Boijmans acquires Infinity Mirror Room by Kusama

Infinity Mirror Room - Phalli’s Field (Floor Show), 1965 (1998). Sewn stuffed  fabric, board, mirror room without ceiling. 250 x 455 x 455 cm inside. Mixedmedia. Installation view: R. Castellane Galle Photo: Bob Goedewaagen

Press release
20 December 2010

Museum Boijmans Van Beuningen has acquired the work Infinity Mirror Room – Phalli’s Field by the Japanese artist Yayoi Kusama (Matsumoto, 1929). It is a key work in the oeuvre of one of the most important artists of the second half of the twentieth century.

Infinity Mirror Room – Phalli’s Field (1965) is the first installation in which Kusama made use of mirrors, a material that she has continued to use ever since and which. Together with her characteristic dots, mirrors are an essential component of Kusama’s. Infinity Mirror Room – Phalli’s Field was Kusama’s second large-scale total environment: a mirrored room that consumes the visitor and makes him or her a participant in the work.

Museum Boijmans Van Beuningen’s Collection
The installation fits seamlessly within the museum’s collection. Alongside many important works by members of the Nul and Zero groups and associated movements, Museum Boijmans Van Beuningen has an extensive collection of Pop art, Op art and Minimalism. Kusama’s work forms an excellent complement to these aspects of the collection.

Mirrored Years
In 2008 Museum Boijmans Van Beuningen organised the exhibition Mirrored Years, which showed Yayoi Kusama’s unrivalled vigour by establishing a confrontation between her early installations, films and sculptures from the 1960s and her recent work. Mirrored Years demonstrated the continuity in Kusama’s oeuvre as well as the freshness and innovation of certain themes within her work. Infinity Mirror Room – Phalli’s Field was included in the exhibition.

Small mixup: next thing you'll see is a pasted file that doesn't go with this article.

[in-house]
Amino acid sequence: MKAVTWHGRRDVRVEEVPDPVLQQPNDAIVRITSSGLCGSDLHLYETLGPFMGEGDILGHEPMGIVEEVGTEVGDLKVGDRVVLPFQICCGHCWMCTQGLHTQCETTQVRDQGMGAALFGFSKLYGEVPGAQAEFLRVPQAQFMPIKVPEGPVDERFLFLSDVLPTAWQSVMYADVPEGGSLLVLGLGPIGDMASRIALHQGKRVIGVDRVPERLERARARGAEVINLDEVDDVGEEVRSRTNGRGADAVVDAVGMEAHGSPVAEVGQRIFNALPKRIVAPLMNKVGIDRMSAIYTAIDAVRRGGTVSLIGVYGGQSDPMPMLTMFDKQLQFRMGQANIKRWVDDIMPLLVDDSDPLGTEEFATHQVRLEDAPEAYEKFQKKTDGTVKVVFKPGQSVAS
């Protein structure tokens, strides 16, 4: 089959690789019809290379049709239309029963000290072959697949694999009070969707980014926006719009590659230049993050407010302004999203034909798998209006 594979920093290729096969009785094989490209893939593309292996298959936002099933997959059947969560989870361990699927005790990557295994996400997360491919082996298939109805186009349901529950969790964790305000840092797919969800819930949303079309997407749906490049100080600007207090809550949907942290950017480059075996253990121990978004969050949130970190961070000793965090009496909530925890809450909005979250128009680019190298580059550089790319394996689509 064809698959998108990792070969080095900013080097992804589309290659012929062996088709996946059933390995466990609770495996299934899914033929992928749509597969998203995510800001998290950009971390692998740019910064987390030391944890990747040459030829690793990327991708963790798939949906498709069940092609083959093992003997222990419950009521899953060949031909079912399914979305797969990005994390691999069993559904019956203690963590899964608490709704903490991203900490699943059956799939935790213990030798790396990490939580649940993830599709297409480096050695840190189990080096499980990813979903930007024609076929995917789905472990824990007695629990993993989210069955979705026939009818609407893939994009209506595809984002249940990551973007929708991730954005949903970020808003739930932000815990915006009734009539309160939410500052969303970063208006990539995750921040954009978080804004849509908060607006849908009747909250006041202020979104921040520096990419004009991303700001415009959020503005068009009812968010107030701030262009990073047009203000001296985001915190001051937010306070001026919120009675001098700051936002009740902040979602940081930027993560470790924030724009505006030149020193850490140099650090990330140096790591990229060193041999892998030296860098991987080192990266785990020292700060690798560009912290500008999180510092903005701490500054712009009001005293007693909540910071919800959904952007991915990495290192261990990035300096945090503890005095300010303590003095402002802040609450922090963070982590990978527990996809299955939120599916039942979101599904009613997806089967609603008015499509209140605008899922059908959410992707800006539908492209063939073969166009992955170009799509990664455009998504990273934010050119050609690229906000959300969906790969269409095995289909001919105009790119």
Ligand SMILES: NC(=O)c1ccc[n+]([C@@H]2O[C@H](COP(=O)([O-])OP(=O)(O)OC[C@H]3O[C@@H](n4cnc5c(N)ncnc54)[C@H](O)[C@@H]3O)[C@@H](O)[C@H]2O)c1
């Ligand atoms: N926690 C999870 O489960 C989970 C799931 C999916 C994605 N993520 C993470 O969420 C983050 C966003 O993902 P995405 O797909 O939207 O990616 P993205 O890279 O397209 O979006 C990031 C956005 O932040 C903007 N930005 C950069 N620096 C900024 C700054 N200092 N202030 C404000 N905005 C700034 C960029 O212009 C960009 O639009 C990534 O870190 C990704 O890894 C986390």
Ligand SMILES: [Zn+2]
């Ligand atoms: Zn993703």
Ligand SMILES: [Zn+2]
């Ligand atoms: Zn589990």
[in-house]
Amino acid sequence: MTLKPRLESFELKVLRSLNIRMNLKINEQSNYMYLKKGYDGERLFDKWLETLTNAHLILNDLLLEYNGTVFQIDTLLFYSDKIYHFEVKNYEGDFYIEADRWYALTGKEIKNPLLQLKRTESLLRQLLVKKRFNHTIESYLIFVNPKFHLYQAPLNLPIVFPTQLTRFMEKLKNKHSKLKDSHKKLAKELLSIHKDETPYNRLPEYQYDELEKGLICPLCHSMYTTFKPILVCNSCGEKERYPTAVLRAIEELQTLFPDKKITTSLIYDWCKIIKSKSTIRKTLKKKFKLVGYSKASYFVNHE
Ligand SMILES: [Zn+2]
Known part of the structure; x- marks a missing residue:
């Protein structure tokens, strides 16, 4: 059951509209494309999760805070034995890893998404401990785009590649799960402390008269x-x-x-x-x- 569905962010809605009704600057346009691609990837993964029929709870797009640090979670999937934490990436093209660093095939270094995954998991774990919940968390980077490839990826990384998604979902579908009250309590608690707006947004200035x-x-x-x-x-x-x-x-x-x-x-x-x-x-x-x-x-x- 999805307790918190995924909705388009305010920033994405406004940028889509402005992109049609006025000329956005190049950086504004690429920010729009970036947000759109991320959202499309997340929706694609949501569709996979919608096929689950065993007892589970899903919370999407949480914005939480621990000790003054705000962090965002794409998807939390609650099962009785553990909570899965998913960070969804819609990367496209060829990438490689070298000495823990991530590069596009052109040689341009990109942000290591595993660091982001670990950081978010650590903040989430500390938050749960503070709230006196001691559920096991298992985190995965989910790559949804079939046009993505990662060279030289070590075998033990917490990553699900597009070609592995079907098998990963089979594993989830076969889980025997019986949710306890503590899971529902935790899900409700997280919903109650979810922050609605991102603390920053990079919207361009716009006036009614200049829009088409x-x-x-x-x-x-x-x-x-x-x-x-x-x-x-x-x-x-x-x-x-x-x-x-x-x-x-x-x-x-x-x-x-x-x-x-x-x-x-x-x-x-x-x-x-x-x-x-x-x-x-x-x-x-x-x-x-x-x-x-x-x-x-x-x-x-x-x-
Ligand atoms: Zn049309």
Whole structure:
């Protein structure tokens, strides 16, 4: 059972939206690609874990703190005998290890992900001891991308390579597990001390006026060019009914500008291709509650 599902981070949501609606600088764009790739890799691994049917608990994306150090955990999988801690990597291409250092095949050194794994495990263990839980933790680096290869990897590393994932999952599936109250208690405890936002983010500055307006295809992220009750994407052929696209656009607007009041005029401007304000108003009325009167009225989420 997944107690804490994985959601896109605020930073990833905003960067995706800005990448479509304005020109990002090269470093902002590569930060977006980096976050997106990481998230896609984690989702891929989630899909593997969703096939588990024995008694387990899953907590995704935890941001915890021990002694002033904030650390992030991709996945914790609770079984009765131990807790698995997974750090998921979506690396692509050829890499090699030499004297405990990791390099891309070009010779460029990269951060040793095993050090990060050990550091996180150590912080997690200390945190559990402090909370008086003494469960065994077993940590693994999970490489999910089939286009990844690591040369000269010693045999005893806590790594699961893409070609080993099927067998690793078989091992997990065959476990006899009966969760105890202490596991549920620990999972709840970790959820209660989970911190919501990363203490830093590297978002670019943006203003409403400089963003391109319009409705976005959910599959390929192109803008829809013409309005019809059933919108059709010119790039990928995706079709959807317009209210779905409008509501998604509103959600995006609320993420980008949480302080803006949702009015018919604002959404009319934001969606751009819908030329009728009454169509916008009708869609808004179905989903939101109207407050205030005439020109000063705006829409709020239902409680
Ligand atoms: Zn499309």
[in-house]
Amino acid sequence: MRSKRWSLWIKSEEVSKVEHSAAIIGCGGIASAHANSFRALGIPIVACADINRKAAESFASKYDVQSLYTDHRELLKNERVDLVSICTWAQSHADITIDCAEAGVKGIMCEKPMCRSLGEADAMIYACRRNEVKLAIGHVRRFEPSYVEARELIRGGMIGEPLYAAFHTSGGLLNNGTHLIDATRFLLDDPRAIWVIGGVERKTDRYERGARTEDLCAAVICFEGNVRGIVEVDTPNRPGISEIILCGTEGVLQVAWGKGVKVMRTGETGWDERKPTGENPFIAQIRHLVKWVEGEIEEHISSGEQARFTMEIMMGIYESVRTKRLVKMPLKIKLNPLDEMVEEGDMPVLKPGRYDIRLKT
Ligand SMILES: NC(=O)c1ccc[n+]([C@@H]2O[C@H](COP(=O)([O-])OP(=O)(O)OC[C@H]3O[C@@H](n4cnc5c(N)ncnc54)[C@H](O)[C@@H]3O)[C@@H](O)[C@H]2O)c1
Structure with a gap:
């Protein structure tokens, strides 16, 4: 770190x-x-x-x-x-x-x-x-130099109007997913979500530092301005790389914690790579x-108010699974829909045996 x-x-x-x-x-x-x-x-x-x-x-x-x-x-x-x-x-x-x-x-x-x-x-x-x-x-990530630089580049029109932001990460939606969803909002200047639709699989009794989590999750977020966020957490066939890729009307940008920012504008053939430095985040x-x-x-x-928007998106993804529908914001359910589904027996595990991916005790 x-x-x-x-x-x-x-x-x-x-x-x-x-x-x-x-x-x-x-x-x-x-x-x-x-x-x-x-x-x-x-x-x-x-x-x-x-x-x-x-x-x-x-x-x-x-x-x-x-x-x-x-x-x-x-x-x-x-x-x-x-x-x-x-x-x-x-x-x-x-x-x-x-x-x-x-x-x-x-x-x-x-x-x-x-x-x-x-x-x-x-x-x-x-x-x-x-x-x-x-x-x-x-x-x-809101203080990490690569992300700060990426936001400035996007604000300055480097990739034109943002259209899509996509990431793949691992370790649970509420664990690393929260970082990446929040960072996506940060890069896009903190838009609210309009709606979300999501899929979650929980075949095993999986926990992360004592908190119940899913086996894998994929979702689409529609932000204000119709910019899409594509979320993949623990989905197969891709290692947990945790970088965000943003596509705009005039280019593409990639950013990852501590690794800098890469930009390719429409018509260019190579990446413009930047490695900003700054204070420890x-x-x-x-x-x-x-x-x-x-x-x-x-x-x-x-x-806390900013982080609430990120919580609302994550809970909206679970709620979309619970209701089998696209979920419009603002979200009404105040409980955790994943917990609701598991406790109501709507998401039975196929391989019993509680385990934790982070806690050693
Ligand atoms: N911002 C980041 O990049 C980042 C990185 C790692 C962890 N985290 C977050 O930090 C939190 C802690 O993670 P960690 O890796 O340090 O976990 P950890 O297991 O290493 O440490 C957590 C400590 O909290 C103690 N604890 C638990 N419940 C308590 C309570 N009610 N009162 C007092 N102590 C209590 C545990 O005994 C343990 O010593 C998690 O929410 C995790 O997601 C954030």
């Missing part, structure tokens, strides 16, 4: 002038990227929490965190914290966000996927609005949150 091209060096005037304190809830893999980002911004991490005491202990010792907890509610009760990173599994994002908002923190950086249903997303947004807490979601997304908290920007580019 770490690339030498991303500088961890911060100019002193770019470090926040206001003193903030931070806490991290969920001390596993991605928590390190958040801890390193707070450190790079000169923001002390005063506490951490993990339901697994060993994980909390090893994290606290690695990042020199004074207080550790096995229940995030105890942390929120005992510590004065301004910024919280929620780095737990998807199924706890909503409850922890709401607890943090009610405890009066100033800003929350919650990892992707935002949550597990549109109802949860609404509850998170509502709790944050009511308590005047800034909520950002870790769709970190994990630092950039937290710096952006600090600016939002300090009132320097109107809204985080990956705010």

Multifaceted oeuvre
Yayoi Kusama gained worldwide recognition in the art world almost immediately after she moved to New York in 1958. She created a stir with her large installations in which the visitor was surrounded by thousands of small, colourful, stuffed – often phallic – textile objects. Her reputation was especially strong in the Netherlands: in the 1960s she exhibited more frequently here than in any other country. Her presence gave an additional impulse to the development and international recognition of the Dutch Nul group. Working in a variety of disciplines, Kusama developed an increasingly diverse, rich and layered body of work. Her fascination with sensory experiences and large installations has had a significant influence on generations of leading artists.

The purchase has been made possible with the Willem van Rede Fund and the Mondriaan Foundation.